Construction employment declined or was stagnant in 37 percent of metropolitan areas between May 2015 and May 2016, according to analysis of federal employment data by the Associated General Contractors of America (AGC). This represents 131 of 358 areas.

The largest job losses from May 2015 to May 2016 were in Midland, Texas (-1,700 jobs, -7 percent), followed by Odessa, Texas (-1,300 jobs, -8 percent); Beaumont-Port Arthur, Texas (-1,100 jobs, -6 percent); Bloomington, Ill. (-1,100 jobs, -30 percent) and New Orleans-Metairie, La. (-1,100 jobs, -3 percent).

The largest percentage declines for the past year were in Bloomington, Ill.; Fairbanks, Alaska (-15 percent, -500 jobs); Rocky Mount, N.C. (-13 percent, -300 jobs); Anniston-Oxford-Jacksonville, Ala. (-11 percent, -100 jobs) and Lawton, Okla. (-11 percent, -200 jobs). Construction employment declined in 83 metro areas in the past year, stagnated in 48 areas, and rose in 227 areas.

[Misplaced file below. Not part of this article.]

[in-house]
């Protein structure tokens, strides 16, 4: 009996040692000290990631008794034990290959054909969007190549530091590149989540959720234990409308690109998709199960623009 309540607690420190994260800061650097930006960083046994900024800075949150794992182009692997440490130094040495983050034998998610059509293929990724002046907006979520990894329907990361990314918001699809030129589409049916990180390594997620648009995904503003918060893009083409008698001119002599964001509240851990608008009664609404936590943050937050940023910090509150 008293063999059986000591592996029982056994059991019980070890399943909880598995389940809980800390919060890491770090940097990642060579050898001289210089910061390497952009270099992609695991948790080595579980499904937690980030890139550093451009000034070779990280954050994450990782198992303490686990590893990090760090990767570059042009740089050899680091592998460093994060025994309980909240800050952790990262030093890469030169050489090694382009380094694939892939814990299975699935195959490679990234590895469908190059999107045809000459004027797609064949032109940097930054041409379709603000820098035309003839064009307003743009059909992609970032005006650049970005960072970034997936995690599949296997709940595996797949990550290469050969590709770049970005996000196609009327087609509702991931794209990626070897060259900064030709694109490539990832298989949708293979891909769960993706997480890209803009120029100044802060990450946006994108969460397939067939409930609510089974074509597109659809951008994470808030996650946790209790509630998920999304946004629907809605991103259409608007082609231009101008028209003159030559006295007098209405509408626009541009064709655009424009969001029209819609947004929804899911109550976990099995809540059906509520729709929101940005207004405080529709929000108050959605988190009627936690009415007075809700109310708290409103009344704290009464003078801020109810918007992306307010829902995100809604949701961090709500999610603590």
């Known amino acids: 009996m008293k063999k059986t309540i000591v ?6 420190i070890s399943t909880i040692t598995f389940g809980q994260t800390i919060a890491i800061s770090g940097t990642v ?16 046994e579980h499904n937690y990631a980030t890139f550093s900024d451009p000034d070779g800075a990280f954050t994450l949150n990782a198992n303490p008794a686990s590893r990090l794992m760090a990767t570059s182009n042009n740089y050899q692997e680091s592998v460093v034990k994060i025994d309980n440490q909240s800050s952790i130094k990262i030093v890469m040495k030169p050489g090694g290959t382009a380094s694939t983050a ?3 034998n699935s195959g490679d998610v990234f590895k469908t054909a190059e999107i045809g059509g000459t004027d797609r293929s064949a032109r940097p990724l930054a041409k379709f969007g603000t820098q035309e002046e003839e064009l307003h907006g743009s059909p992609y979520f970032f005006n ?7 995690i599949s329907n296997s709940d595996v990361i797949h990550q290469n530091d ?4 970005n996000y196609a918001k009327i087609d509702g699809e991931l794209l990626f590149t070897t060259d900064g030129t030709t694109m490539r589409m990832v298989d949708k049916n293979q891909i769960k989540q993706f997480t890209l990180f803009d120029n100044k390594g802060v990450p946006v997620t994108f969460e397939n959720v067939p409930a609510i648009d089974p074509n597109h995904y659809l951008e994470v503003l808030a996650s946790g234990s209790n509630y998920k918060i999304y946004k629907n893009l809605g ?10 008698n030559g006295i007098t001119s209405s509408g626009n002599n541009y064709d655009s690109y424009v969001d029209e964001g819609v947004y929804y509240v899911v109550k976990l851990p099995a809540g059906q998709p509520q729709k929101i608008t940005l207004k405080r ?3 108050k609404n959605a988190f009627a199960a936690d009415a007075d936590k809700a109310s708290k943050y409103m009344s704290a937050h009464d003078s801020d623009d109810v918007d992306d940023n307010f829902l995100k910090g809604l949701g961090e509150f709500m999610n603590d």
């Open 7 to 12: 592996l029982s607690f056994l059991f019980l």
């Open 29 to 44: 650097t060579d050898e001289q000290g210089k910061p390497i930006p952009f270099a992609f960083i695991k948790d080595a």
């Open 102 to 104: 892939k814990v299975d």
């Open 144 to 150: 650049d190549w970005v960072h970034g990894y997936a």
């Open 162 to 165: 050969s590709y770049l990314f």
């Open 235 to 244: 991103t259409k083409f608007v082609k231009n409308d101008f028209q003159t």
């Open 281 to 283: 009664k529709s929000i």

Anaheim-Santa Ana-Irvine, Calif. added the most construction jobs during the past year (14,700 jobs, 17 percent). Other metro areas adding a large number of construction jobs include Orlando-Kissimmee-Sanford, Fla. (9,700 jobs, 16 percent); Phoenix-Mesa-Scottsdale (8,100 jobs, 8 percent); and Atlanta-Sandy Springs-Roswell, Ga. (7,700 jobs, 7 percent).

The largest percentage gains occurred in Monroe, Mich. (30 percent, 700 jobs); Honolulu, Hawaii (20 percent, 4,900 jobs); Boise City, Idaho (19 percent, 3,500 jobs); Anaheim-Santa Ana-Irvine and Miami-Miami Beach-Kendall, Fla. (17 percent, 6,800 jobs).

1 Comment

  1. If construction employment is down or unchanged in 37% of metropolitan areas then it must be up in 63% of metropolitan areas, right? Wouldn’t the larger trend be more newsworthy? Seem to me like the glass is nearly 2/3 full and this article is about being thirsty.

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